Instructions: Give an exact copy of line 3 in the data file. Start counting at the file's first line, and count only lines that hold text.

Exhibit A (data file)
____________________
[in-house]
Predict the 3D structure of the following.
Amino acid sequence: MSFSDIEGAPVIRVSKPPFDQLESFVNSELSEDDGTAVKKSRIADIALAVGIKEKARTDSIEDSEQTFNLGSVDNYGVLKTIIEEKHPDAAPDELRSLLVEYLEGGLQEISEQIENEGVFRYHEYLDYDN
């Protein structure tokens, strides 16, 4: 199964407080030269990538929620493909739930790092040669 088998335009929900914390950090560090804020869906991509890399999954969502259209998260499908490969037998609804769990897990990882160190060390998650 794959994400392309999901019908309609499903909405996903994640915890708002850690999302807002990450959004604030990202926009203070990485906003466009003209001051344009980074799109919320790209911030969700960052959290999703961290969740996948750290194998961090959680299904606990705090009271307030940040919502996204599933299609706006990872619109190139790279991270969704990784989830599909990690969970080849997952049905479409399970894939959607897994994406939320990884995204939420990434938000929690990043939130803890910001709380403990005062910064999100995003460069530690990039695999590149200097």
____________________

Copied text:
Amino acid sequence: MSFSDIEGAPVIRVSKPPFDQLESFVNSELSEDDGTAVKKSRIADIALAVGIKEKARTDSIEDSEQTFNLGSVDNYGVLKTIIEEKHPDAAPDELRSLLVEYLEGGLQEISEQIENEGVFRYHEYLDYDN